Equipment and Software / Re: stir plate alternative?
« on: December 29, 2010, 02:53:53 PM »
Found this today,
I had one just about finished today, (without the heater) and the turntable belt snapped.  >:(
I was using a wooden box and thought I would use springs instead of the strings

Yeast and Fermentation / Topping off a yeast starter?
« on: December 28, 2010, 06:55:49 AM »
Three days ago I went to make a 1L starter and I ended up with about 800 ml because I boiled a bit too long.
I pitched the yeast and let it go. I am wondering if it would make sense to add a bit more starter wort (a cup is about all that will fit) to bring up the volume and get a bit more cell growth? I am assuming that by the this point the yeast is done reproducing and is just fermenting the wort, so I don't know if topping it off will give me more yeast or just more fermenting wort?

Beer Recipes / Re: Flanders Red recipe ingredient question.
« on: December 22, 2010, 05:01:36 PM »
This seem a little better?

6.75 lbs pilsner/pale  50%
2.25 lbs flaked corn    18%
1.25 lbs Munich       10%
1.25 lbs crystal 120         11%
1.25 lbs  special roast     11%

Beer Recipes / Re: Flanders Red recipe ingredient question.
« on: December 22, 2010, 08:17:50 AM »
Thanks the recipe I have so far is

Pilsner or pale 6.75 lbs   62%
flaked corn 2 lbs  19%
vienna  1.375 lb   12%
caramunich 0.5 lb 4%
roast barley  2 oz  1% (Added at end of mash for color)
hops either kent goldings or hallertau @ 60 minutes for 10 ibu's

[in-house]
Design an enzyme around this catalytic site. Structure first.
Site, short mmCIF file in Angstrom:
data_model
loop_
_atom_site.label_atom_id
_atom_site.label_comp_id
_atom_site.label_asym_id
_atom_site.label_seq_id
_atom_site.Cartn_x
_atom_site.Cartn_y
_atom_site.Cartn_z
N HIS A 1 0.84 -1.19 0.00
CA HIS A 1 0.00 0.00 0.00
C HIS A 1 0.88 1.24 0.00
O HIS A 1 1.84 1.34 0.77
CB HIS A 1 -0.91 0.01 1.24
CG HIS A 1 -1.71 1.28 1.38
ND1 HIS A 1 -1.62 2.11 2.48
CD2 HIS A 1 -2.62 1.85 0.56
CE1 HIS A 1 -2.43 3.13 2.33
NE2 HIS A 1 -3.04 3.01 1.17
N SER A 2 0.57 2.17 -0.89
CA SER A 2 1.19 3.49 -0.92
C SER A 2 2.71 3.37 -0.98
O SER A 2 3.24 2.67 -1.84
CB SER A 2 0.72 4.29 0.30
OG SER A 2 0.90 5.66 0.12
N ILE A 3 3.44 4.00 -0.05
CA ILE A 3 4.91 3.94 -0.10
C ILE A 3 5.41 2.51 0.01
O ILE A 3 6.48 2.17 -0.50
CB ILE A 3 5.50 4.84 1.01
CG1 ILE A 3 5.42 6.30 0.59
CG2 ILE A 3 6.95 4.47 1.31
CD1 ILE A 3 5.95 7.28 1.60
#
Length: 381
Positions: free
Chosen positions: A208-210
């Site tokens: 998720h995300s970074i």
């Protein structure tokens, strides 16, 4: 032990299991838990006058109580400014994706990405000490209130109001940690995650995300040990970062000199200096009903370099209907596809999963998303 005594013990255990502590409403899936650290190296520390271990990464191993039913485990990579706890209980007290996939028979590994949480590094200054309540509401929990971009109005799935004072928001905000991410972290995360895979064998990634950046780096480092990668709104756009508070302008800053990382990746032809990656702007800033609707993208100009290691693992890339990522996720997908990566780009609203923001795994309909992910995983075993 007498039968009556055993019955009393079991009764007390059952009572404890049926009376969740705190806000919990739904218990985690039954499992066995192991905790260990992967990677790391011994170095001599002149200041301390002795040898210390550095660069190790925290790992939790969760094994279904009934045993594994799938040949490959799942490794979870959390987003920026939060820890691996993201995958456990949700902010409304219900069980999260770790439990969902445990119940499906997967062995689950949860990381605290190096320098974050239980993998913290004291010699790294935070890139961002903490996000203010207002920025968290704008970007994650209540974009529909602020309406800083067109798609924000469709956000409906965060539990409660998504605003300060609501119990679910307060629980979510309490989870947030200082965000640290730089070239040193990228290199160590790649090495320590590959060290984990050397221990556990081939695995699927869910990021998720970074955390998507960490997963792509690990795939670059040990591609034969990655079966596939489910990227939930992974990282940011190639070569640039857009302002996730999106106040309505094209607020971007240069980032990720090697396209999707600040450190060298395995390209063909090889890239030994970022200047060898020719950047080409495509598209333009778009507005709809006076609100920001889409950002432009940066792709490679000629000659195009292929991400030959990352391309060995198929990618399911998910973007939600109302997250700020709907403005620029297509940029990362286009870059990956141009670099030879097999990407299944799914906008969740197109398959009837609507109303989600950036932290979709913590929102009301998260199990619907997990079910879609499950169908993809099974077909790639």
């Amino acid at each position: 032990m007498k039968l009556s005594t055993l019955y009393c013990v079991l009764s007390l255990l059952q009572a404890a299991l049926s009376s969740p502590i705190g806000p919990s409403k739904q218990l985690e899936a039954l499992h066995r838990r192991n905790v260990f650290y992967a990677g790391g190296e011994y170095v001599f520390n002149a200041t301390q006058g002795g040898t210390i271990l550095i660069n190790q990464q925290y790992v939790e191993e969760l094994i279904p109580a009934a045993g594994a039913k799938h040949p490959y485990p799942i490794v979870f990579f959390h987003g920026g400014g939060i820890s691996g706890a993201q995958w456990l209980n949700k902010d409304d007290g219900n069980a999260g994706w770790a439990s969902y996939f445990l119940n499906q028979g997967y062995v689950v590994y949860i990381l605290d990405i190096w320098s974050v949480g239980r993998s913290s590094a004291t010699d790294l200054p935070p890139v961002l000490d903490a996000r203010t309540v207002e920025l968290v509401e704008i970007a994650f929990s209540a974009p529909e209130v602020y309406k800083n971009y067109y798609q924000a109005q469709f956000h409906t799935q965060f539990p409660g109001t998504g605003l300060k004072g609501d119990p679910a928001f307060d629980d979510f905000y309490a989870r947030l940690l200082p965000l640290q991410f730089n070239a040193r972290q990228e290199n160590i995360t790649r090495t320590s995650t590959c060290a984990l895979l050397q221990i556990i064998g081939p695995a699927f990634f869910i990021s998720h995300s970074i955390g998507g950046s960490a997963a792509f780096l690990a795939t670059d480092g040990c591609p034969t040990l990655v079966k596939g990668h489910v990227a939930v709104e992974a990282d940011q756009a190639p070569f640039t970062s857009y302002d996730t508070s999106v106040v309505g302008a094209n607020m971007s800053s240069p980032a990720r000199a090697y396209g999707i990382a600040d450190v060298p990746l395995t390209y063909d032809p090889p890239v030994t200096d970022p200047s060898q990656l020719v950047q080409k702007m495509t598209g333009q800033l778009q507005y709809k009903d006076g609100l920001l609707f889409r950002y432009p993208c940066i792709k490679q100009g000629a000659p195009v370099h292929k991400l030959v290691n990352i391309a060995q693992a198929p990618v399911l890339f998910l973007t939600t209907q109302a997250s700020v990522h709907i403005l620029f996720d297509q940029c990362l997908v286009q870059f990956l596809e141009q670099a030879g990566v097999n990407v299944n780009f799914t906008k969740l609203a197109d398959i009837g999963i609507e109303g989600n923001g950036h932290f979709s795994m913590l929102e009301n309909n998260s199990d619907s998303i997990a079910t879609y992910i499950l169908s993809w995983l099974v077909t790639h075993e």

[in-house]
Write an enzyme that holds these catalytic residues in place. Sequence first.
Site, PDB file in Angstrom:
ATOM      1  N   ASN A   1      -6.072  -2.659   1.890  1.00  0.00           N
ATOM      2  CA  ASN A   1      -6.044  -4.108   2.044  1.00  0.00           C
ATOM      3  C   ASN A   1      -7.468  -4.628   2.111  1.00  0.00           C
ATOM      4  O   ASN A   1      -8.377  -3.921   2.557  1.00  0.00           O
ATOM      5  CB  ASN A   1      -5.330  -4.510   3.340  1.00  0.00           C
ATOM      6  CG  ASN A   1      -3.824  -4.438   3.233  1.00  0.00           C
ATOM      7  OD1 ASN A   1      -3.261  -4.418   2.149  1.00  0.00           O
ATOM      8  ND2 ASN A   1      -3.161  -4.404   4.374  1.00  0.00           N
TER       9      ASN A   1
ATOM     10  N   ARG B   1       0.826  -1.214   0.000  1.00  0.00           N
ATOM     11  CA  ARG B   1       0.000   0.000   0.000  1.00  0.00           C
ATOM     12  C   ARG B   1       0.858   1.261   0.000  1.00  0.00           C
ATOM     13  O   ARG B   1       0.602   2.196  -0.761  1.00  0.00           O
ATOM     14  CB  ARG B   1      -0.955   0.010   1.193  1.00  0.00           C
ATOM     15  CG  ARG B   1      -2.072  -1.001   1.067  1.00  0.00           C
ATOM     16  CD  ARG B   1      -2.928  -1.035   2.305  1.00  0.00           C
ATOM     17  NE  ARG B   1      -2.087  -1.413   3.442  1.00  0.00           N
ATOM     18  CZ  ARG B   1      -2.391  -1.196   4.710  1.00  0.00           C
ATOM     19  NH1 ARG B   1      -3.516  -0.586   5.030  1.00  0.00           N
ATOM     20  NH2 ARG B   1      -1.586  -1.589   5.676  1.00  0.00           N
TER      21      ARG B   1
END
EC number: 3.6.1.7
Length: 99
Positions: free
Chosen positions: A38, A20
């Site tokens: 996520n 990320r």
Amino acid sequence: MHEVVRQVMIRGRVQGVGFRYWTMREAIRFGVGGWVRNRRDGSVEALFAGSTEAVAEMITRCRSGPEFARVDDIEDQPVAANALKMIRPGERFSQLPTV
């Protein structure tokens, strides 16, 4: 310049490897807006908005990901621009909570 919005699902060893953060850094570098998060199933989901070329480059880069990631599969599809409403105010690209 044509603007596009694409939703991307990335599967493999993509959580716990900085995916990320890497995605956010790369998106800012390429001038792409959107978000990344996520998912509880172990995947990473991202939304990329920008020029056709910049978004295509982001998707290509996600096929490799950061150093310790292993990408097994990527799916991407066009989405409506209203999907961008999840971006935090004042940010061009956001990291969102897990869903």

Beer Recipes / Flanders Red recipe ingredient question.
« on: December 22, 2010, 07:05:25 AM »
I am thinking about brewing up a Flanders Red and was looking around at recipes.
According to this
"Flanders acid ale brewers toss corn grits — up to 20% — into the mash, first boiled to achieve gelatinization. For homebrewers, flaked maize is a convenient alternative. Corn contributes a smoothness to the wort plus a bit of starch for the eventual microorganisms."

The BJCP site says
"Ingredients: A base of Vienna and/or Munich malts, light to medium cara-malts, and a small amount of Special B are used with up to 20% maize. Low alpha acid continental hops are commonly used (avoid high alpha or distinctive American hops). Saccharomyces, Lactobacillus and Brettanomyces (and acetobacter) contribute to the fermentation and eventual flavor."
It would seem to me if a style calls for up to 20% corn it would be a fairly critical ingredient.
Yet none of the recipes I have seen on line include any corn.
Any one have any thoughts on this?

Equipment and Software / Re: fermentation chamber
« on: December 16, 2010, 08:44:20 AM »
I fill mine up with water to the level of the beer.
With the AC in the summer set at 70 and the heat in the winter set at 68 it holds
temps pretty stable. I cool the wort to around 68 and pitch the yeast. Set it the tub with water
in the low 60's. I just put a thermometer in the water bath and try and keep it around 64 for the first
couple days and then just let it free rise it never goes above 70.
I really don't have to futz with it to much.

Equipment and Software / Re: fermentation chamber
« on: December 16, 2010, 07:02:29 AM »
low tech